You file a UDRP complaint under ICANN and a panel has ordered a transfer of the stolen domain name. From this point, you would think everything would automatically fall into place, but more often than not, you will still have some work to do.
Under the domain name dispute policy, more specifically UDRP Policy Paragraph 4(K), it states that the registrar is required to implement the Panel’s decision 10 (ten) business days after it receives notification of the decision from the dispute resolution service provider, except if the registrar receives information from the domain name registrant (Respondent) in that 10-day period that it is challenging.
Here are some steps cybersquatting lawyers use to ensure that the stolen domain name is transferred back to you:
- Establish an account for the domain name
- Ensure the registrar updates the domain name servers (DNS)
- Ensure the registrar provides you with an Authorization Code so that you can initiate the transfer of the registrar and modify the contact information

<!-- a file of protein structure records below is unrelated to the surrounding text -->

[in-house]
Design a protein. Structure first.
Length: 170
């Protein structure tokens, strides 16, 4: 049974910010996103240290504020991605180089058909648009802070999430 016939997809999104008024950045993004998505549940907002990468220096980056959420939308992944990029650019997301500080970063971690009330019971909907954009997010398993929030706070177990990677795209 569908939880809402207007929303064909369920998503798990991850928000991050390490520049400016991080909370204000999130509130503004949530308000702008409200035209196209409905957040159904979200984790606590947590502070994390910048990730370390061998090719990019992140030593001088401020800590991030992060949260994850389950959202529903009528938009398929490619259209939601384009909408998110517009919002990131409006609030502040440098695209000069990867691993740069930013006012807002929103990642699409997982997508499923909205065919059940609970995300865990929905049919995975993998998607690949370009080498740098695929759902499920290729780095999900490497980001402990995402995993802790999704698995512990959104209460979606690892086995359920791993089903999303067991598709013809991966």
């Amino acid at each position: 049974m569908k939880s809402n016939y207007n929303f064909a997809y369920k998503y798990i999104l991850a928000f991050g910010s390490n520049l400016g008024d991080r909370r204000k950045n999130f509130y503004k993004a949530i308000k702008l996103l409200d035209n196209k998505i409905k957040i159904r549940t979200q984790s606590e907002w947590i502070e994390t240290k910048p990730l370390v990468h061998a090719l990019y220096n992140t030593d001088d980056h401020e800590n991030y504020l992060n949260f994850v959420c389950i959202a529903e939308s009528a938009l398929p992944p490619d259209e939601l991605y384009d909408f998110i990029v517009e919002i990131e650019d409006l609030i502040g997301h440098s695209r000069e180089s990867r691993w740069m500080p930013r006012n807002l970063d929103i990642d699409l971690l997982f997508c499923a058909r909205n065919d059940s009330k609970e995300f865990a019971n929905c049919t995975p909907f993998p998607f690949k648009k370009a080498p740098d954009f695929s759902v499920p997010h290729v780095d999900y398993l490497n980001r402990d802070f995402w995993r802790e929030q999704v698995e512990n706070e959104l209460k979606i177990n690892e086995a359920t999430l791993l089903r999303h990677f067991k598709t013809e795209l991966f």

- Initiate a request for the transfer of registrar using the Authorization Code
- Note: most registrars have an automated process that requires confirmation from the Admin-C contact on the account.
- Ensure the registrar updates the WHOIS database for the domain name to include your information for the Admin/Technical/Billing contact.
If you become a victim of domain name theft, winning your cybersquatting arbitration is key. Still, the domain name transfer process doesn’t always go as smoothly as it should and may require experienced cybersquatting lawyers to get the domain name back for you. This involves working with your IT person and the registrar, both new and old, to ensure the cybersquatting Panel’s decision is implemented.